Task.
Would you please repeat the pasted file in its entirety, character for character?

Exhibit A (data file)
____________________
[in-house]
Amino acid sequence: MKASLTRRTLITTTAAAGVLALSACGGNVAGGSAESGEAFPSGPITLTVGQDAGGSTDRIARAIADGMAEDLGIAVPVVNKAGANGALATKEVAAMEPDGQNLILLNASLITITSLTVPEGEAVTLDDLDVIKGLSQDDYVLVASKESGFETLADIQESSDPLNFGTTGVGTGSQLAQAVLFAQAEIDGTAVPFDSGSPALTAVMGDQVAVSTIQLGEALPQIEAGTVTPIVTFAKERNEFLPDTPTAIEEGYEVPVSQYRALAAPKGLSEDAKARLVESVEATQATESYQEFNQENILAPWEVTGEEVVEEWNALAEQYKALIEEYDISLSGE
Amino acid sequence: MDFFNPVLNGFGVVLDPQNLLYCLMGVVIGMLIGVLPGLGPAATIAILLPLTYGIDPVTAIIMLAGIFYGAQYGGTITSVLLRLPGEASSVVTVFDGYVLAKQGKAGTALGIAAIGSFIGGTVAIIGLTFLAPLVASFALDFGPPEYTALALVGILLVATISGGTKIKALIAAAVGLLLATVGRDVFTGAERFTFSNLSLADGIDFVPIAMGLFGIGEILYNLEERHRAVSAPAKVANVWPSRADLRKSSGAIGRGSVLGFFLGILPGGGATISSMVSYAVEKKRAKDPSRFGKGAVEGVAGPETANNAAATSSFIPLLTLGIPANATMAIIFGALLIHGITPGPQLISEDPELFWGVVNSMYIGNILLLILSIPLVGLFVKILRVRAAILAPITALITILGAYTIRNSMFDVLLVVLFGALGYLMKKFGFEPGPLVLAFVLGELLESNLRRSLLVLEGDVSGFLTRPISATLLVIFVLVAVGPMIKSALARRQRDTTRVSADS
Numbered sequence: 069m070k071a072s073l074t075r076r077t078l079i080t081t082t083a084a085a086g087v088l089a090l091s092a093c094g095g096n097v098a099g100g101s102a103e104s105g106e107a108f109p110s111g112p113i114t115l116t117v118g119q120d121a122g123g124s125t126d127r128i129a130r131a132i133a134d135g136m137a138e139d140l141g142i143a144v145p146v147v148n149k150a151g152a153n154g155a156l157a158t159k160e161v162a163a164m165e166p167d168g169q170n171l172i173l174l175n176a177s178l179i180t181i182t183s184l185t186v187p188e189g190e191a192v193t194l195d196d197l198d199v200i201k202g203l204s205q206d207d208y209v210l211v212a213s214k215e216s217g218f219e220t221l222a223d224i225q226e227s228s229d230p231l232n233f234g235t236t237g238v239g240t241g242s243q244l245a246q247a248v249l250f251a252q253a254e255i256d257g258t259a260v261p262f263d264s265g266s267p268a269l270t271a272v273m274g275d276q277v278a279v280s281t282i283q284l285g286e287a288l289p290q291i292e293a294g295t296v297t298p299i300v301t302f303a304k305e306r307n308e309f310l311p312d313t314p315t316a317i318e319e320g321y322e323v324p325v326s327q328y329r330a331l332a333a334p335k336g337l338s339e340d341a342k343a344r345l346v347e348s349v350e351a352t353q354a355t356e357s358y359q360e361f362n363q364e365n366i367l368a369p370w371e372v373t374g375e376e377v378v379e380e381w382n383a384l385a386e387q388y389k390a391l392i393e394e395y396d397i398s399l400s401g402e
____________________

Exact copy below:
[in-house]
Amino acid sequence: MKASLTRRTLITTTAAAGVLALSACGGNVAGGSAESGEAFPSGPITLTVGQDAGGSTDRIARAIADGMAEDLGIAVPVVNKAGANGALATKEVAAMEPDGQNLILLNASLITITSLTVPEGEAVTLDDLDVIKGLSQDDYVLVASKESGFETLADIQESSDPLNFGTTGVGTGSQLAQAVLFAQAEIDGTAVPFDSGSPALTAVMGDQVAVSTIQLGEALPQIEAGTVTPIVTFAKERNEFLPDTPTAIEEGYEVPVSQYRALAAPKGLSEDAKARLVESVEATQATESYQEFNQENILAPWEVTGEEVVEEWNALAEQYKALIEEYDISLSGE
Amino acid sequence: MDFFNPVLNGFGVVLDPQNLLYCLMGVVIGMLIGVLPGLGPAATIAILLPLTYGIDPVTAIIMLAGIFYGAQYGGTITSVLLRLPGEASSVVTVFDGYVLAKQGKAGTALGIAAIGSFIGGTVAIIGLTFLAPLVASFALDFGPPEYTALALVGILLVATISGGTKIKALIAAAVGLLLATVGRDVFTGAERFTFSNLSLADGIDFVPIAMGLFGIGEILYNLEERHRAVSAPAKVANVWPSRADLRKSSGAIGRGSVLGFFLGILPGGGATISSMVSYAVEKKRAKDPSRFGKGAVEGVAGPETANNAAATSSFIPLLTLGIPANATMAIIFGALLIHGITPGPQLISEDPELFWGVVNSMYIGNILLLILSIPLVGLFVKILRVRAAILAPITALITILGAYTIRNSMFDVLLVVLFGALGYLMKKFGFEPGPLVLAFVLGELLESNLRRSLLVLEGDVSGFLTRPISATLLVIFVLVAVGPMIKSALARRQRDTTRVSADS
Numbered sequence: 069m070k071a072s073l074t075r076r077t078l079i080t081t082t083a084a085a086g087v088l089a090l091s092a093c094g095g096n097v098a099g100g101s102a103e104s105g106e107a108f109p110s111g112p113i114t115l116t117v118g119q120d121a122g123g124s125t126d127r128i129a130r131a132i133a134d135g136m137a138e139d140l141g142i143a144v145p146v147v148n149k150a151g152a153n154g155a156l157a158t159k160e161v162a163a164m165e166p167d168g169q170n171l172i173l174l175n176a177s178l179i180t181i182t183s184l185t186v187p188e189g190e191a192v193t194l195d196d197l198d199v200i201k202g203l204s205q206d207d208y209v210l211v212a213s214k215e216s217g218f219e220t221l222a223d224i225q226e227s228s229d230p231l232n233f234g235t236t237g238v239g240t241g242s243q244l245a246q247a248v249l250f251a252q253a254e255i256d257g258t259a260v261p262f263d264s265g266s267p268a269l270t271a272v273m274g275d276q277v278a279v280s281t282i283q284l285g286e287a288l289p290q291i292e293a294g295t296v297t298p299i300v301t302f303a304k305e306r307n308e309f310l311p312d313t314p315t316a317i318e319e320g321y322e323v324p325v326s327q328y329r330a331l332a333a334p335k336g337l338s339e340d341a342k343a344r345l346v347e348s349v350e351a352t353q354a355t356e357s358y359q360e361f362n363q364e365n366i367l368a369p370w371e372v373t374g375e376e377v378v379e380e381w382n383a384l385a386e387q388y389k390a391l392i393e394e395y396d397i398s399l400s401g402e